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Town’s decision to preserve OPS criticized at council, Monday

June 29, 2017   ·   0 Comments

By Mike Pickford

The debate surrounding community policing in Orangeville reared its head again Monday night with four members of Council coming in for heavy criticism from some residents, who were unhappy with the June 12 vote that saw the municipality retain its Orangeville Police Service.

Four residents stepped forward during question period to express their dismay at Mayor Jeremy Williams, Deputy Mayor Warren Maycock and Councillors Gail Campbell and Nick Garisto having voted to reject the Ontario Provincial Police’s costing proposal, despite recommendations from Town staff to accept it.

CAO Ed Brennan had recommended the OPP as its community police force on May 29, on grounds an eventual $4.3 million in annual savings would allow council to “build the community the way (they) want it” and enable them to tackle a growing infrastructure deficit and address several costly upcoming projects. He projected that between 2021 and 2025 the municipality could save about $23 million.

Orangeville resident Craig Campbell took exception to what he perceived as “total bias” on the part of Mayor Williams and Councillor Campbell, calling for them to issue an official apology.

“I decided to come here this evening to display my absolute disgust and dismay at Council not to save taxpayers so much money that it would have been like the Town winning the lottery each and every year,” he said. “I’ve never seen such ludicrous, irresponsible behaviour… I want the four councillors to tell me to my face that they don’t care about the dismal financial situation this town is in, and how its residents are among the highest-taxed people in Ontario.”

Mr. Campbell made reference to a letter he had sent Orangeville newspapers last week in which he claimed the Town’s monetary and infrastructure debt has spiralled out of control in recent years. Click here to read the letter.

Mayor Williams contended there were a lot of “half-truths” in the letter, denying that he had been biased in the OPP costing proposal process.

“After reading your letter, I feel there is so much included in there that… I’d love to use different words, but I will just say there’s a lot of information that I disagree with wholeheartedly. I’m not going to answer some of the ridiculous claims because they are, quite frankly, ridiculous claims,” Mayor Williams said.

In what the mayor decreed was an “out of order” comment, Mr. Campbell bellowed that “everyone in town thought this was a done deal”, in favour of the OPP, before saying the only thing the people of Orangeville wanted to hear out of the mayor’s mouth was an apology.

When Mayor Williams asked Mr. Campbell to leave the council chambers and Mr. Campbell refused, the mayor ordered a five-minute recess, stating he would have police escort Mr. Campbell out of the building if he would not leave of his own accord. With many in the gallery shaking their heads in disbelief, Mr. Campbell agreed to leave and was followed by Alan Toms and Bob Long – two others who were planning to speak out against council’s decision, and several other attendees. The fourth individual, Mark Whitcombe, remained sitting for most of the meeting.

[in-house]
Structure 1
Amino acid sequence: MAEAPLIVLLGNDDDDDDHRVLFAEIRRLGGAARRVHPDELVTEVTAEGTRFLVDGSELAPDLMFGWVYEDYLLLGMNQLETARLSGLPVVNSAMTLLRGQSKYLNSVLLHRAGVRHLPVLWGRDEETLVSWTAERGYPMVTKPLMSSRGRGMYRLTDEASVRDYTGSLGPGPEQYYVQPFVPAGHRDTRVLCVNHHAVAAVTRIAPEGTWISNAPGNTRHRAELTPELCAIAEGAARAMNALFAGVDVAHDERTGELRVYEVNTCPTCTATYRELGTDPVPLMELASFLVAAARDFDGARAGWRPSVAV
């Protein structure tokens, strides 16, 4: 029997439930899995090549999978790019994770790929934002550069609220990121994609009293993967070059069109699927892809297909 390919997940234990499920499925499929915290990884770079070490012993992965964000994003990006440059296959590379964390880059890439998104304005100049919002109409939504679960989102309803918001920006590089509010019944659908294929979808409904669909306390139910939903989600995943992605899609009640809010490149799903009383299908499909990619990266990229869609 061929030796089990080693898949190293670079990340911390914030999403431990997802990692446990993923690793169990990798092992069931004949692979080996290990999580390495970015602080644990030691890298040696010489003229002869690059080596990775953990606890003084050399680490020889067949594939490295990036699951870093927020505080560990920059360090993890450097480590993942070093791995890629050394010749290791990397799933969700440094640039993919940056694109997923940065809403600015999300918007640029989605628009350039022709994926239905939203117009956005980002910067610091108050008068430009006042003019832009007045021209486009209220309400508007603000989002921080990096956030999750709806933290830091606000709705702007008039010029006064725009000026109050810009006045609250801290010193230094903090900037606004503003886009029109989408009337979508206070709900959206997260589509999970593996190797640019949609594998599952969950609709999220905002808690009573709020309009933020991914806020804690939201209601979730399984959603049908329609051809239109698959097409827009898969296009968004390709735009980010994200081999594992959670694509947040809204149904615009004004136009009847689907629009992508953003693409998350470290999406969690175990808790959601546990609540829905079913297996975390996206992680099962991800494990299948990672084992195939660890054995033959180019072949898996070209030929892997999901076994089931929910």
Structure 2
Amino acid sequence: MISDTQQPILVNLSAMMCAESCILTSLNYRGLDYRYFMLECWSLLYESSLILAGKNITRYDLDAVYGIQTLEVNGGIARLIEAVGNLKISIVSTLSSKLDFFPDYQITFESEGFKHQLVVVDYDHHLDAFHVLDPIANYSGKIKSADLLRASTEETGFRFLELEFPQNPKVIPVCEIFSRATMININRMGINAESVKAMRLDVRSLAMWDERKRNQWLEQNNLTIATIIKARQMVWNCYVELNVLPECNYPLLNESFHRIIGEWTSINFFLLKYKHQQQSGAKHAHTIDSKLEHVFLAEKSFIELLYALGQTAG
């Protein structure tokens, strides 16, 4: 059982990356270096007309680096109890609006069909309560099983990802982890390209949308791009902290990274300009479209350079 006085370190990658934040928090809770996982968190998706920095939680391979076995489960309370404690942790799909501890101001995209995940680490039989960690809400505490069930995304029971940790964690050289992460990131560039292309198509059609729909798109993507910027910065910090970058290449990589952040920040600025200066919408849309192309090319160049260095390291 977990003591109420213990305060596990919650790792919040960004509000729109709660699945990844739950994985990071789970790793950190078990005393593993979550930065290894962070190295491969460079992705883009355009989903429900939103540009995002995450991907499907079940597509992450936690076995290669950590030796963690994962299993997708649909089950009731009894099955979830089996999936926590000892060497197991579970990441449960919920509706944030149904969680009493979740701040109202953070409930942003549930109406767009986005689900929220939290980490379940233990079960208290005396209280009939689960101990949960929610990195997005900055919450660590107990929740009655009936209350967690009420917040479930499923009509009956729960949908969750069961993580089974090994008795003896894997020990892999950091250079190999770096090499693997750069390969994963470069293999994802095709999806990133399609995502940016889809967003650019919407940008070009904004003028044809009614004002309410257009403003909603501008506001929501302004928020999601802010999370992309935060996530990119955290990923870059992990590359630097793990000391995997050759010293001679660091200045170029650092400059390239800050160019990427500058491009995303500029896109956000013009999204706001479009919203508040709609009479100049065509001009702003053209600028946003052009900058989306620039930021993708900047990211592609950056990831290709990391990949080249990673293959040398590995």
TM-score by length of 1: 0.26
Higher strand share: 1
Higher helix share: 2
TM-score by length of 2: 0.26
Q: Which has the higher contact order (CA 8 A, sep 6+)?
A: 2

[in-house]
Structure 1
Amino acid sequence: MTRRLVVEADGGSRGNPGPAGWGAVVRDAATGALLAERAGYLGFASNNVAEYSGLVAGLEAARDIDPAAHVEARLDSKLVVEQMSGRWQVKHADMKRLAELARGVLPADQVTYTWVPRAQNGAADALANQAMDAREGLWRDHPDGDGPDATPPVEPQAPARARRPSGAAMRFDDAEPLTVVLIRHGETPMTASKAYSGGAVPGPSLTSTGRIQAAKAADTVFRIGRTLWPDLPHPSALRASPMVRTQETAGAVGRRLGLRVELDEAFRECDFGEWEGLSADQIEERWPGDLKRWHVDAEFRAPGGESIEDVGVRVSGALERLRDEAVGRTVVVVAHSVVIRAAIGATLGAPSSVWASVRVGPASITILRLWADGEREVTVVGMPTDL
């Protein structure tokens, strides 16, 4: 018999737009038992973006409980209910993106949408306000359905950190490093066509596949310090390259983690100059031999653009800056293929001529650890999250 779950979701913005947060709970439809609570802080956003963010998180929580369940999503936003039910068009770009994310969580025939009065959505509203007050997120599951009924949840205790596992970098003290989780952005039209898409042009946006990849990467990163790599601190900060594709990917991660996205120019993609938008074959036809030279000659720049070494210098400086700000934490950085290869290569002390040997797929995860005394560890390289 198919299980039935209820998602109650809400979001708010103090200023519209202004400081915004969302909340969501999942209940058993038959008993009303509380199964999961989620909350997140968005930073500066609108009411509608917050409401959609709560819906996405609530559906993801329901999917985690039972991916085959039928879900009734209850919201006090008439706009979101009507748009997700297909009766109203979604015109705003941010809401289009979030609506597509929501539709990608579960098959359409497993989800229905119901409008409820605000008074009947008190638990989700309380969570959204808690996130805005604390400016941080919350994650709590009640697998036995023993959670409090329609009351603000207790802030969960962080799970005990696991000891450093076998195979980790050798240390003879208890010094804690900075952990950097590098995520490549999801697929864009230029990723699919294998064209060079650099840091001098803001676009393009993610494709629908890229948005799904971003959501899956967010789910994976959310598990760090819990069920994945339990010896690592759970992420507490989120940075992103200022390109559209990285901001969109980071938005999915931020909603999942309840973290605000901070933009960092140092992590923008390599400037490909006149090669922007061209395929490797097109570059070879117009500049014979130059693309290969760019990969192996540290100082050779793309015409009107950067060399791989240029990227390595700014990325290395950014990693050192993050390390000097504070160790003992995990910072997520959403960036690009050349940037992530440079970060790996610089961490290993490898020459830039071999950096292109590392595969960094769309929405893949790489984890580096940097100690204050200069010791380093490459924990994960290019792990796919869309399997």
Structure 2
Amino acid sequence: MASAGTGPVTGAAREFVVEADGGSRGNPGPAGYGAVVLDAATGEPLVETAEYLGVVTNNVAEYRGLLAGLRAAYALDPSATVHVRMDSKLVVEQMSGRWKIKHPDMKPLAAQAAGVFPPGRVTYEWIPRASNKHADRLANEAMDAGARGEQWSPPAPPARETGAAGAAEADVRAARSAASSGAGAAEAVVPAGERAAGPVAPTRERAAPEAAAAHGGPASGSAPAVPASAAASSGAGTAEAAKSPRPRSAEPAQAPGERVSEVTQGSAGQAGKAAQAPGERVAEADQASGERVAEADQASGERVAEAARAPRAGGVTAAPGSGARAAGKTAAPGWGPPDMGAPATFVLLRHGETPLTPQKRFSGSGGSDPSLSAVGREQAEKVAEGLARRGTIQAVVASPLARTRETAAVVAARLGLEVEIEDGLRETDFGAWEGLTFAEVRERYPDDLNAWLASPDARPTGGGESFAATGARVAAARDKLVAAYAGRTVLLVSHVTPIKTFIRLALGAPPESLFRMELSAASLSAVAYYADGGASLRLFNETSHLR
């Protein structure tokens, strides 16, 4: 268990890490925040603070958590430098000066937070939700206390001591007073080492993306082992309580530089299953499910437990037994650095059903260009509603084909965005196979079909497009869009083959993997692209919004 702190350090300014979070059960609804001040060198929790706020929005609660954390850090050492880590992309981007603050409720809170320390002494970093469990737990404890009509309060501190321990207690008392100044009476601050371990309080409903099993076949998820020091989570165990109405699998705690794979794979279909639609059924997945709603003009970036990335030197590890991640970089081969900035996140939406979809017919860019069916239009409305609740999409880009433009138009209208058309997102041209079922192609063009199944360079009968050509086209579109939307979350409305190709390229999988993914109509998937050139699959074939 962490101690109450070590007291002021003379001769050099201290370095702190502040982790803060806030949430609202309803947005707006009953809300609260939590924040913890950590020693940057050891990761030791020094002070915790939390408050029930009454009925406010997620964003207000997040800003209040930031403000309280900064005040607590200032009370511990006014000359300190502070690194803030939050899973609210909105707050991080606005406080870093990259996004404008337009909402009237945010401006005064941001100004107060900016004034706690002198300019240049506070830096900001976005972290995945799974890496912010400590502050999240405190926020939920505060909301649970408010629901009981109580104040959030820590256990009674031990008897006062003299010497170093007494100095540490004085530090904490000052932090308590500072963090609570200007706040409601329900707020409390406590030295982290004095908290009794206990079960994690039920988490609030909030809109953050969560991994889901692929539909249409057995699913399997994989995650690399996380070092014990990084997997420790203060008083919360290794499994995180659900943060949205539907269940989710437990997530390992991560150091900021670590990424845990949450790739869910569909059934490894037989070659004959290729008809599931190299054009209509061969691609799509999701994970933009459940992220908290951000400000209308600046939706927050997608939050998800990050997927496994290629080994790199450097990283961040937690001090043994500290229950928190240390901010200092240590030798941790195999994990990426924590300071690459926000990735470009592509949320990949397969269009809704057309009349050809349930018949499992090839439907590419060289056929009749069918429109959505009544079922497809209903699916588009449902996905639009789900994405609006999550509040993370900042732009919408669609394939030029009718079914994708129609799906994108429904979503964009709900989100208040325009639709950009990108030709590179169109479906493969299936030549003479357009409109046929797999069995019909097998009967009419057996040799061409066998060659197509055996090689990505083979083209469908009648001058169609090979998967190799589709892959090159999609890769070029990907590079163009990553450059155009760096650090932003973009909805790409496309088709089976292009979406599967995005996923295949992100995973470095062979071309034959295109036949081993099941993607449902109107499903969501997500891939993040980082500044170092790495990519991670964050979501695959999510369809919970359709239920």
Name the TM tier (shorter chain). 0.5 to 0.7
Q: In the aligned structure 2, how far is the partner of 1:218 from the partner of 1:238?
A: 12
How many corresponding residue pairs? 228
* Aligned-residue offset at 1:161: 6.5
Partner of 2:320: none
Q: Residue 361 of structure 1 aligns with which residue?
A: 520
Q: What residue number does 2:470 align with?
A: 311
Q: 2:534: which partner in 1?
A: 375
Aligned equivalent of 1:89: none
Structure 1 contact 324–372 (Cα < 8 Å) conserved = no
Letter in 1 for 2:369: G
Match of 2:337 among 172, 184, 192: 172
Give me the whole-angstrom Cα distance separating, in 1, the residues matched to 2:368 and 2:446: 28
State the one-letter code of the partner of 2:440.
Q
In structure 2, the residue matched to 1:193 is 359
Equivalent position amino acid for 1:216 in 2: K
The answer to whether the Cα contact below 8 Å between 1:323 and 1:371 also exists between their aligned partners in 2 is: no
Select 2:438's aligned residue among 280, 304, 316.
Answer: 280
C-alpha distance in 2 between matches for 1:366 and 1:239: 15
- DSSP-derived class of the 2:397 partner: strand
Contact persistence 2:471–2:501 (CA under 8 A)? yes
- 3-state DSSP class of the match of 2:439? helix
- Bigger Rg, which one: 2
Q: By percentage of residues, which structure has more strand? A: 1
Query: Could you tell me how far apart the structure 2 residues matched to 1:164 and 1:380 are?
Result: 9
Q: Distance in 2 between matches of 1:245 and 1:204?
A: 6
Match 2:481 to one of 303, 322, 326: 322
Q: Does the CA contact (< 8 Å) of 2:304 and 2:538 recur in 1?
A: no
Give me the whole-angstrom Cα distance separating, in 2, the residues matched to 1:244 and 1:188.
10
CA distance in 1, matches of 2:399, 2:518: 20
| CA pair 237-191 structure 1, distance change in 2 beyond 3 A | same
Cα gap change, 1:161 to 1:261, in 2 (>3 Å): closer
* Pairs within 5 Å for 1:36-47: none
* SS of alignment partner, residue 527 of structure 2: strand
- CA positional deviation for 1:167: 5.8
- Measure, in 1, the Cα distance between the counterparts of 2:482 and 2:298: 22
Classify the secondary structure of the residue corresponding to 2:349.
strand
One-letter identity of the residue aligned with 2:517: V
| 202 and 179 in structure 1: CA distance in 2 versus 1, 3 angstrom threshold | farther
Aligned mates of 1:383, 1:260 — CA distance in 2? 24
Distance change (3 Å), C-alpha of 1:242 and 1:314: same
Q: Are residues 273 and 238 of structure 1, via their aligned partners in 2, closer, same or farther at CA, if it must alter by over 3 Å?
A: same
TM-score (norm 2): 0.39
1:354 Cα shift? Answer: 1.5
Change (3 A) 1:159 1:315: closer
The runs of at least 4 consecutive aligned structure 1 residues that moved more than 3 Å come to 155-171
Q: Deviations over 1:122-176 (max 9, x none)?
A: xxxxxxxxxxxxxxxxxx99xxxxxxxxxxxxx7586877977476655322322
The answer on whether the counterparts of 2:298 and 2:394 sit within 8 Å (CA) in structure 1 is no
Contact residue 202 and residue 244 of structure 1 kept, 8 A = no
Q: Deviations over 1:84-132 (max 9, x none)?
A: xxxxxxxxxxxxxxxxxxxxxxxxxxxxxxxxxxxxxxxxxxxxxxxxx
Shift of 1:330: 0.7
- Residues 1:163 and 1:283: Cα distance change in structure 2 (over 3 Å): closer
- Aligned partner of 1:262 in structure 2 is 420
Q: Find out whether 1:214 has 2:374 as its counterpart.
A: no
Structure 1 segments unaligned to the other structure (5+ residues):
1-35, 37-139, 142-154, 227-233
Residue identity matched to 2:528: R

In his comments, Mr. Toms said Council has a financial responsibility to ensure taxpayer money is being spent wisely and that he doesn’t believe it acted appropriately in the June 12 vote. Mr. Whitcombe said he was “ashamed of the timidity” of Council in refusing to accept the evidence on hand, while Mr. Long, perhaps supporting one of Mr. Campbell’s claims, said he believed it was a foregone conclusion that the Town would vote in favour of the OPP, calling the decision a “no-brainer”. He went on to criticize Deputy Mayor Maycock for wanting to pass the issue off to the community and make it a key election topic in 2018.

“More than 35 years ago, I took the same oath that you did… You all agreed to truly, faithfully and impartially exercise this office to the best of your knowledge and ability. That doesn’t mean just ignoring this decision and waiting a year and a half for the voters to decide, that means when you’re asked to make a decision you make a decision,” Mr. Long said. “I must say, Deputy Mayor, I was terribly disappointed that that happened.”

And while much of the comments related to the financial implications of Council’s  decision, before he left the gallery Mr. Campbell commented on the quality of service OPP provides in Caledon.

“The Town of Caledon has continuously been named the safest municipality in Canada in recent years and guess what, they’re policed by the OPP. Why is it that some members of council feel the OPP service level is a concern? Do you ever feel that perhaps our service levels are too high, or our admin staffing levels are too high?” Mr. Campbell said.

Mayor Williams said the decision was one all of Council had thought long and hard about before coming to a final verdict.

“I want to be crystal clear, there were four votes on council that supported OPS and not OPP. There was an assumption that OPP were in fact cheaper, some of us on council did not agree with that information,” Mayor Williams said. “When a decision does not go your way, that does not give you the right to yell, make rude comments or have other outbursts.”

         

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